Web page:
People often ask me whether the short sale transaction has gotten easier over the last several years. It’s a great question, and it is certainly something to ponder.
On the one hand, banks now have more than one individual working in the loss mitigation departments. Most banks have large loss mitigation departments, and many of those departments have multiple tiers of employees—each specializing in a certain aspect of the short sale negotiation process. Additionally, banks such as GMAC, Bank of America, and Wells Fargo have gone as far as to invest big bucks in large automated systems in order to increase productivity.
On the other hand, some of the problems plaguing short sales transactions still exist.
For example, many lending institutions are still slow to respond. Often the employees are assigned to tasks for which they may be poorly qualified or untrained. Other problems continue to plague the short sale transaction. I like to call these problems “The Series of Unfortunate Events” (with a nod to the children’s book series and Jim Carey movie with the same name). In the movie, one character did not like to answer the door because she was fearful of the real estate agent who was calling too often.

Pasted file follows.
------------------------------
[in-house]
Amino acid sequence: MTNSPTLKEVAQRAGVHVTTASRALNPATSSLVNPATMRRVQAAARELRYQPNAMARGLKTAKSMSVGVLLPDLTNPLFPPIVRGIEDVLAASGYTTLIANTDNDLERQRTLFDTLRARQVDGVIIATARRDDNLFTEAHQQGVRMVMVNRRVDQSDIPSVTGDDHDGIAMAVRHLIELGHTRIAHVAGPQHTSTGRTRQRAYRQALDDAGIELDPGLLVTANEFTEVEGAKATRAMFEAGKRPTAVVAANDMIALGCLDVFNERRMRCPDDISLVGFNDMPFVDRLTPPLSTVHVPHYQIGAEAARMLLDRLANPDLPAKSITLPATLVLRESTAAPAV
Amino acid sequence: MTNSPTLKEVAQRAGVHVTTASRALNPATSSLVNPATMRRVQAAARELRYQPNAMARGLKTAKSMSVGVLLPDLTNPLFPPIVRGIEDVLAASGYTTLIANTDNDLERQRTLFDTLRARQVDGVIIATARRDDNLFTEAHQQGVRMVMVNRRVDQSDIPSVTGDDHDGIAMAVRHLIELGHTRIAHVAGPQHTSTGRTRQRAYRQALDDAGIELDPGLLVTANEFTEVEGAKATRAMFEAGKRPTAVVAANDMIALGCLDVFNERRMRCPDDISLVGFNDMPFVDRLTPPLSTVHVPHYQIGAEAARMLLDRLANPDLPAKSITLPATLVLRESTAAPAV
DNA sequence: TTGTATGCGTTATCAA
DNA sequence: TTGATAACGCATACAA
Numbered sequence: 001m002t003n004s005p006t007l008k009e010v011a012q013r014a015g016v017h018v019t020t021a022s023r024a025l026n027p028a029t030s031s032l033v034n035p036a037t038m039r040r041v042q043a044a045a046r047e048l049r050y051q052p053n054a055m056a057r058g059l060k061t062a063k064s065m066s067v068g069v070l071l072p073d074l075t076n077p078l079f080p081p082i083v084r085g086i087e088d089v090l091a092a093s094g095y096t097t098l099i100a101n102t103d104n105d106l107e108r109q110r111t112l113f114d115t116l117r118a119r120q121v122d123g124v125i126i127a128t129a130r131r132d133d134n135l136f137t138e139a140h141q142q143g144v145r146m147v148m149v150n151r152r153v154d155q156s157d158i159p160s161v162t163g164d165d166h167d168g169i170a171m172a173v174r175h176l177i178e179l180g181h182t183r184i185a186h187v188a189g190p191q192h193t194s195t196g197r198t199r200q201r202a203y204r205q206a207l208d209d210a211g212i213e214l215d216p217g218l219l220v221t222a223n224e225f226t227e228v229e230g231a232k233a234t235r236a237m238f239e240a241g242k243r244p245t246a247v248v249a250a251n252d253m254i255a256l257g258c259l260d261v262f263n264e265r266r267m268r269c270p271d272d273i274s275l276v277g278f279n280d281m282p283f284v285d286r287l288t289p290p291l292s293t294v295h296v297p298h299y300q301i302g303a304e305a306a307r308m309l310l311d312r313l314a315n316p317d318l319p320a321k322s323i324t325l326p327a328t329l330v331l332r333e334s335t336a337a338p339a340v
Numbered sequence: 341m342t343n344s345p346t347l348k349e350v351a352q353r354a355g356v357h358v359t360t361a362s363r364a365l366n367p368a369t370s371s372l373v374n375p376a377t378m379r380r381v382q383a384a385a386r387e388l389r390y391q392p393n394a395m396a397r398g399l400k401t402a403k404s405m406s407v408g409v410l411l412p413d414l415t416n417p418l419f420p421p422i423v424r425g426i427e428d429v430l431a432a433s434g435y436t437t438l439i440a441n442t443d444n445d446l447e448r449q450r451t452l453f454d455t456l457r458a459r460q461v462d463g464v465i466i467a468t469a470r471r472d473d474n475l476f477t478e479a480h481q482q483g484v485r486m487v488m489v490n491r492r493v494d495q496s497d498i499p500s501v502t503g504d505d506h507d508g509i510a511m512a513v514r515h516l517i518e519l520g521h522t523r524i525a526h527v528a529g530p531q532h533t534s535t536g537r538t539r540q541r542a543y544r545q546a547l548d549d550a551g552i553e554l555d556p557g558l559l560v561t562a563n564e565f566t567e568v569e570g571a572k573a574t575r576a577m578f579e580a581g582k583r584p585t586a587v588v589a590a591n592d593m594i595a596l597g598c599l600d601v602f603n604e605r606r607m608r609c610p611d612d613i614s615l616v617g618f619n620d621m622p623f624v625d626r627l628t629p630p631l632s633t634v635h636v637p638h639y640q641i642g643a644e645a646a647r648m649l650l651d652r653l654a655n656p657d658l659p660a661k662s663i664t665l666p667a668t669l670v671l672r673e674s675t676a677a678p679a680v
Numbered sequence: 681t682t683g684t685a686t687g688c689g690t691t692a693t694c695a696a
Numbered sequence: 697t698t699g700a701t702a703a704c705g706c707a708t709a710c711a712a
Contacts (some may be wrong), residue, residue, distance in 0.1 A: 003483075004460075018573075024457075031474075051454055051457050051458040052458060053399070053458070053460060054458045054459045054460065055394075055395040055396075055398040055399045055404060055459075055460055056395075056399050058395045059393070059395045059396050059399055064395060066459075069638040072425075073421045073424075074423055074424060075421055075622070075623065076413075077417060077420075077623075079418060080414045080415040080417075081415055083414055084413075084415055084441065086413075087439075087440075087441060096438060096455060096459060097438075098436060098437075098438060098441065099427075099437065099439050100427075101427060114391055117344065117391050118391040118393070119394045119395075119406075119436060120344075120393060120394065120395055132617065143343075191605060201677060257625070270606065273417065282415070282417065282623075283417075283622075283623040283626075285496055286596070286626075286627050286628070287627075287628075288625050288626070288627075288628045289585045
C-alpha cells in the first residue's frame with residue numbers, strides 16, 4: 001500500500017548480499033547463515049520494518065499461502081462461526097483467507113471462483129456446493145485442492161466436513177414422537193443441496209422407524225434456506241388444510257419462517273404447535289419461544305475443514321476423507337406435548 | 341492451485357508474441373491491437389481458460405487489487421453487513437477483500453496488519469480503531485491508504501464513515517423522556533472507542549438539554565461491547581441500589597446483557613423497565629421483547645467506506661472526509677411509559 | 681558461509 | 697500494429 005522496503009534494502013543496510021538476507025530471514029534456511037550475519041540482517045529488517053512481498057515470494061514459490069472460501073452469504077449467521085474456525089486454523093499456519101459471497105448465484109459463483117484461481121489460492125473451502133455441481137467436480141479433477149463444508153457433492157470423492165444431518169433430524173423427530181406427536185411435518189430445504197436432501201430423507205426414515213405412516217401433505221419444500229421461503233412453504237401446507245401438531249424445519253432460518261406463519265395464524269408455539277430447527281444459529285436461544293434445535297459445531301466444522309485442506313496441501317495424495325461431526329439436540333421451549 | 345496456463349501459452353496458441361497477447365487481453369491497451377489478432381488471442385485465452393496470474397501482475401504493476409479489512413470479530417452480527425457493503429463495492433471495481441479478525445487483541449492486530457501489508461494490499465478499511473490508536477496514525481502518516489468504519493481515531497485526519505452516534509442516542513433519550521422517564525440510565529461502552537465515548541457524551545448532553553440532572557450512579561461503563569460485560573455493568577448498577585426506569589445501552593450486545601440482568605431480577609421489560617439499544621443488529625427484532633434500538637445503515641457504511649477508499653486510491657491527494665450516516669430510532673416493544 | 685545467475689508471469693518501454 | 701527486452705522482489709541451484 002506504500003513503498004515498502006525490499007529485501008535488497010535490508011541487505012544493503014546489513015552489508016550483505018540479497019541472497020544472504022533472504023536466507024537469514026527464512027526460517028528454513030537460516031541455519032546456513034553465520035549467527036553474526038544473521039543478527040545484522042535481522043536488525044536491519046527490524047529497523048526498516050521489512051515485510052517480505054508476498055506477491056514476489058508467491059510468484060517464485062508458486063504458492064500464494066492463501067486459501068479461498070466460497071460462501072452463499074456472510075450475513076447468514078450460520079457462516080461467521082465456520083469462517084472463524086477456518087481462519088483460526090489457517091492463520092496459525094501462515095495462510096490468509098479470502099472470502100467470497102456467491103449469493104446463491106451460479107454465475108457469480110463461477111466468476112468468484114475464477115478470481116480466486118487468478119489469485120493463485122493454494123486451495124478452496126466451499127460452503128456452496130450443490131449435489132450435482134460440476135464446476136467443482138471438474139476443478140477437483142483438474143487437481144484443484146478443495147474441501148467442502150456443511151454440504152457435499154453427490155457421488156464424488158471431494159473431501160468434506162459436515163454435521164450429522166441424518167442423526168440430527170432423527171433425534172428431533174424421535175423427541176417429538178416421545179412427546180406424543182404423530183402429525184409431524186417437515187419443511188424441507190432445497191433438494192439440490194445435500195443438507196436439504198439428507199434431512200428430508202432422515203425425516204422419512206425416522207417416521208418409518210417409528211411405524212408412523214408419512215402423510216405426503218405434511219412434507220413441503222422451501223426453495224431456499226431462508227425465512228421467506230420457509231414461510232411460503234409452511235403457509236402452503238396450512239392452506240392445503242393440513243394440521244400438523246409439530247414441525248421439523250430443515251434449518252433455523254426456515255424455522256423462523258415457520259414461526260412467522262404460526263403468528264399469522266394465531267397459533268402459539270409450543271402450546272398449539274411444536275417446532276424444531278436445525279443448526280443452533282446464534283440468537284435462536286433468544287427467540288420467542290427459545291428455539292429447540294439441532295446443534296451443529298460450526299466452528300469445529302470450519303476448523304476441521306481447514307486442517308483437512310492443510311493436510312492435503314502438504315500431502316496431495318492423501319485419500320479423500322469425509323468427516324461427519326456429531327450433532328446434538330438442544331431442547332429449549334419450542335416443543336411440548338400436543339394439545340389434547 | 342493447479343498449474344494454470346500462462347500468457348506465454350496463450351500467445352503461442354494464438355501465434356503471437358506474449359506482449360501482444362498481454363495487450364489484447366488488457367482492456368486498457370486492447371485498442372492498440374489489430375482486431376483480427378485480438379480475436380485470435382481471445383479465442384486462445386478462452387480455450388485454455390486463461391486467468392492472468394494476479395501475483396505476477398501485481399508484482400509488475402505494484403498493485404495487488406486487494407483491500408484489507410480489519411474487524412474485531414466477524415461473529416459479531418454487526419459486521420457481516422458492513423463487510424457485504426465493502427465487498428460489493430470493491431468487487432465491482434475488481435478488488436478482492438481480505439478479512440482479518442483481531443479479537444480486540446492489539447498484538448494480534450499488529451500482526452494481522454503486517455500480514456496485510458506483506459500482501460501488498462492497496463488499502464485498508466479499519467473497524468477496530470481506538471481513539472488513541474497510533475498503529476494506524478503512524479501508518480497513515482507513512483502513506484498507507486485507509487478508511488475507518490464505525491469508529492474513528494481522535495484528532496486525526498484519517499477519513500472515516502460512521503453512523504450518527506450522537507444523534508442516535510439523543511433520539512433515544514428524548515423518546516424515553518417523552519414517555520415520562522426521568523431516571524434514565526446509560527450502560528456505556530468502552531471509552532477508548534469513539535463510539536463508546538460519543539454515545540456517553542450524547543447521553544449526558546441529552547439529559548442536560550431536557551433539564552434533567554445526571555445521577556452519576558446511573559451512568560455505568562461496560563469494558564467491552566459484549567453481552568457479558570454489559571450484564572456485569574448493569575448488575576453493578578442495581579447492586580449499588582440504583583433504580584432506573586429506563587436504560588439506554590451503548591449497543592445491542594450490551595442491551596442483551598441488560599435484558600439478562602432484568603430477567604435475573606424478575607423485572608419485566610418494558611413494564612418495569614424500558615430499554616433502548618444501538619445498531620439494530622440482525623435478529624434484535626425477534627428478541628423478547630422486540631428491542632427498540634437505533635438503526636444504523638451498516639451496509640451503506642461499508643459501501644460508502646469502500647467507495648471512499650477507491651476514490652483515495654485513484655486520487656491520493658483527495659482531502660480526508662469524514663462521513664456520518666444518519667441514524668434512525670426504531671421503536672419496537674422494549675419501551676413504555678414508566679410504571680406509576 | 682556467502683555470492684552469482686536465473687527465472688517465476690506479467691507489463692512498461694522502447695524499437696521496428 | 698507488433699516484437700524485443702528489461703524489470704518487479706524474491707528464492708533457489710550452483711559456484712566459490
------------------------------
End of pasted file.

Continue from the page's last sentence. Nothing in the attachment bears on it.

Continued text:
In the case of the short sale negotiation process, the fear is different—although the outcomes can also be unfortunate. Problems plaguing short sale negotiations include first and second lien holders who do not agree; banks whose BPO comes back at an unreasonably high value; banks that only approve certain fees and leave the buyer, seller, and agents to come up with the rest.
Those are the problems that still plague the short sale negotiation process.
That being said, a fair amount of experience will go a long way. What is it that they say? “An ounce of prevention is worth a pound of cure.” While probably originally a metaphor for good health, experience with short sale negotiations will help to cure many ills that may arise during the process.
So, have short sales gotten easier to negotiate? No, they have not. Some banks have improved their response times, but the same problems still exist and should always be handled by an experienced soul.